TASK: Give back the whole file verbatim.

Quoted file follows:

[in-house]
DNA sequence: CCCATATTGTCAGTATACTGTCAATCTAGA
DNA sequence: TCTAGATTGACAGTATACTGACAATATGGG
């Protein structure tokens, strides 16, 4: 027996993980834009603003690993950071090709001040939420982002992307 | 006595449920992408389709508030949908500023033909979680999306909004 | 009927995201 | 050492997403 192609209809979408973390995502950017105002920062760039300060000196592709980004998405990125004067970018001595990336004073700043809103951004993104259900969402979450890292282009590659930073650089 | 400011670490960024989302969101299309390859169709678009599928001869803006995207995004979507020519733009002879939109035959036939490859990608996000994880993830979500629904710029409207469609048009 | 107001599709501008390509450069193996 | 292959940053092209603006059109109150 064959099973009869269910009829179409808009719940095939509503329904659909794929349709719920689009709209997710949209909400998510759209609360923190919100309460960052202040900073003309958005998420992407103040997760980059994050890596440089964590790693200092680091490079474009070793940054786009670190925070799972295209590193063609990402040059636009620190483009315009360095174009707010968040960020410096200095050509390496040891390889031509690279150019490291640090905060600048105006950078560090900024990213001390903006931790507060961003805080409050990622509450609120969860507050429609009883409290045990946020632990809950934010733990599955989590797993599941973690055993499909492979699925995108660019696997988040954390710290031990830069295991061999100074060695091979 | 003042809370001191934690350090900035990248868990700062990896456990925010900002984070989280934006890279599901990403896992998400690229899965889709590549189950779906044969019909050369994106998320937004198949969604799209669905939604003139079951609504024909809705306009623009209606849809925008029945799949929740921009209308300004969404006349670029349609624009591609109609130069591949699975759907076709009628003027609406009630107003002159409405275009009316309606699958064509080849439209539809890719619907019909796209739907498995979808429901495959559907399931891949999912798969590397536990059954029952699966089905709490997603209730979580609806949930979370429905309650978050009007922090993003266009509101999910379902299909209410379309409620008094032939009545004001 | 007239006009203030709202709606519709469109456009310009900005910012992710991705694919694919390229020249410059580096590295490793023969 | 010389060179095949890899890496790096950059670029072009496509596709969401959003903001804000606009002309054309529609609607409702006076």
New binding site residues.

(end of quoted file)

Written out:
[in-house]
DNA sequence: CCCATATTGTCAGTATACTGTCAATCTAGA
DNA sequence: TCTAGATTGACAGTATACTGACAATATGGG
């Protein structure tokens, strides 16, 4: 027996993980834009603003690993950071090709001040939420982002992307 | 006595449920992408389709508030949908500023033909979680999306909004 | 009927995201 | 050492997403 192609209809979408973390995502950017105002920062760039300060000196592709980004998405990125004067970018001595990336004073700043809103951004993104259900969402979450890292282009590659930073650089 | 400011670490960024989302969101299309390859169709678009599928001869803006995207995004979507020519733009002879939109035959036939490859990608996000994880993830979500629904710029409207469609048009 | 107001599709501008390509450069193996 | 292959940053092209603006059109109150 064959099973009869269910009829179409808009719940095939509503329904659909794929349709719920689009709209997710949209909400998510759209609360923190919100309460960052202040900073003309958005998420992407103040997760980059994050890596440089964590790693200092680091490079474009070793940054786009670190925070799972295209590193063609990402040059636009620190483009315009360095174009707010968040960020410096200095050509390496040891390889031509690279150019490291640090905060600048105006950078560090900024990213001390903006931790507060961003805080409050990622509450609120969860507050429609009883409290045990946020632990809950934010733990599955989590797993599941973690055993499909492979699925995108660019696997988040954390710290031990830069295991061999100074060695091979 | 003042809370001191934690350090900035990248868990700062990896456990925010900002984070989280934006890279599901990403896992998400690229899965889709590549189950779906044969019909050369994106998320937004198949969604799209669905939604003139079951609504024909809705306009623009209606849809925008029945799949929740921009209308300004969404006349670029349609624009591609109609130069591949699975759907076709009628003027609406009630107003002159409405275009009316309606699958064509080849439209539809890719619907019909796209739907498995979808429901495959559907399931891949999912798969590397536990059954029952699966089905709490997603209730979580609806949930979370429905309650978050009007922090993003266009509101999910379902299909209410379309409620008094032939009545004001 | 007239006009203030709202709606519709469109456009310009900005910012992710991705694919694919390229020249410059580096590295490793023969 | 010389060179095949890899890496790096950059670029072009496509596709969401959003903001804000606009002309054309529609609607409702006076």
New binding site residues.